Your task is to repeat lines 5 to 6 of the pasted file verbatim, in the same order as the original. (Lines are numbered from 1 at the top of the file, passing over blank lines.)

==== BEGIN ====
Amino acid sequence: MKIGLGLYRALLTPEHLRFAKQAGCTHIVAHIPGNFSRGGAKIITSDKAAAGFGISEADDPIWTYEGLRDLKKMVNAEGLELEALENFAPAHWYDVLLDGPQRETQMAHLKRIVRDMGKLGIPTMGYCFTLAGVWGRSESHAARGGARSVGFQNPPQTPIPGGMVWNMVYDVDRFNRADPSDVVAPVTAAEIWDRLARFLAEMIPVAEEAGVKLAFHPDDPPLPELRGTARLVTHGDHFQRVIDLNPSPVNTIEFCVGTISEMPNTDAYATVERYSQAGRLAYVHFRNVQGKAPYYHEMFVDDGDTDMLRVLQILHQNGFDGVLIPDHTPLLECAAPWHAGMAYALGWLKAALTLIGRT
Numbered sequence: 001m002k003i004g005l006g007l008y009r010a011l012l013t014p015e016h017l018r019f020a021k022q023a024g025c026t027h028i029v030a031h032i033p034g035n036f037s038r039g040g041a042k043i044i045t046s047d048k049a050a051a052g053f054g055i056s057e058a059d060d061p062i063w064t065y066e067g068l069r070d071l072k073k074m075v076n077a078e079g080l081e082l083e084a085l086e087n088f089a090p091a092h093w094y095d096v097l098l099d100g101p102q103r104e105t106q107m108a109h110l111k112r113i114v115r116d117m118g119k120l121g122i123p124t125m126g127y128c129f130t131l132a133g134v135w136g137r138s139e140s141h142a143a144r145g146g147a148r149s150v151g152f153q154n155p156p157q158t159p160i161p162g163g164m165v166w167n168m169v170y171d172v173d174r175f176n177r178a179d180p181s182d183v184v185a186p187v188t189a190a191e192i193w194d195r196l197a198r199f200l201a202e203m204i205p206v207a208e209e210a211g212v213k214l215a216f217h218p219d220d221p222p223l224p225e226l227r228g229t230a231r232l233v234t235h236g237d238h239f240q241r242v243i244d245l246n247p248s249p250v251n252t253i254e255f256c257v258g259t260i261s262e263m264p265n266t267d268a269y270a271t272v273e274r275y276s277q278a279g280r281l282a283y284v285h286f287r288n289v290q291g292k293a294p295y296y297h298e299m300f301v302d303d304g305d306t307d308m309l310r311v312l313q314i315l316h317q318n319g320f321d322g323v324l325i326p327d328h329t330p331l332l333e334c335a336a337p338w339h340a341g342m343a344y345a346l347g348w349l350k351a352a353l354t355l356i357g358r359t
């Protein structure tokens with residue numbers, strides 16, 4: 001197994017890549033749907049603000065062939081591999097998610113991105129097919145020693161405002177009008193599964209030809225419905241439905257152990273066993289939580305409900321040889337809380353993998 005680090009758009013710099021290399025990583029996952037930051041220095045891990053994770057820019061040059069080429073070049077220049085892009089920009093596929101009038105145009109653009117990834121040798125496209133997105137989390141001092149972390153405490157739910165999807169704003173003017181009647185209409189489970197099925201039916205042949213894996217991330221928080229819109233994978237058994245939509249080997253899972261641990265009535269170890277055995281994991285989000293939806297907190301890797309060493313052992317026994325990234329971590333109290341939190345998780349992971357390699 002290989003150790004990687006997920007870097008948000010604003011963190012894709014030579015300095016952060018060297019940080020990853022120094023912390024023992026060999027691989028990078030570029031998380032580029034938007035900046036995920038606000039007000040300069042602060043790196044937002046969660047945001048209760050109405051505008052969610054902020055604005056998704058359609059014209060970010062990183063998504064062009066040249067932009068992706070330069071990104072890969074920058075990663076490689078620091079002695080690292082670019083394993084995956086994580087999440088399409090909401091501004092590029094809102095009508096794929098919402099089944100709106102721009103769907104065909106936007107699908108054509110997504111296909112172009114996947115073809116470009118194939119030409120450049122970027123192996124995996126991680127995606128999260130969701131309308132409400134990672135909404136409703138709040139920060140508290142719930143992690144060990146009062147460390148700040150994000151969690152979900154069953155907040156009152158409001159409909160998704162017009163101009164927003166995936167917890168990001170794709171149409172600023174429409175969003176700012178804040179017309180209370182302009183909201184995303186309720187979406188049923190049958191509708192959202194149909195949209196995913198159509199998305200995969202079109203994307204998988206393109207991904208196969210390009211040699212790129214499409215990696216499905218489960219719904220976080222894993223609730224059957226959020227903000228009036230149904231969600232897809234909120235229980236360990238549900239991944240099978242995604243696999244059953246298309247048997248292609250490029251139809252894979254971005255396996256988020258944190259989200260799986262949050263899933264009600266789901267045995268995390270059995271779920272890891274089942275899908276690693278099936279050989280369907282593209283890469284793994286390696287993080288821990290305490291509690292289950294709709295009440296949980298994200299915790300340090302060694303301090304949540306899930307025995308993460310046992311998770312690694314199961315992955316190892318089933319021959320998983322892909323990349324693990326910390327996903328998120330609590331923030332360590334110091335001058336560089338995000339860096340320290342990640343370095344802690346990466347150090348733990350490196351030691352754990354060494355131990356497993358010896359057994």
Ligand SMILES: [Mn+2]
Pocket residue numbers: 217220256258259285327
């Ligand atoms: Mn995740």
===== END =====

Pocket residue numbers: 217220256258259285327
């Ligand atoms: Mn995740």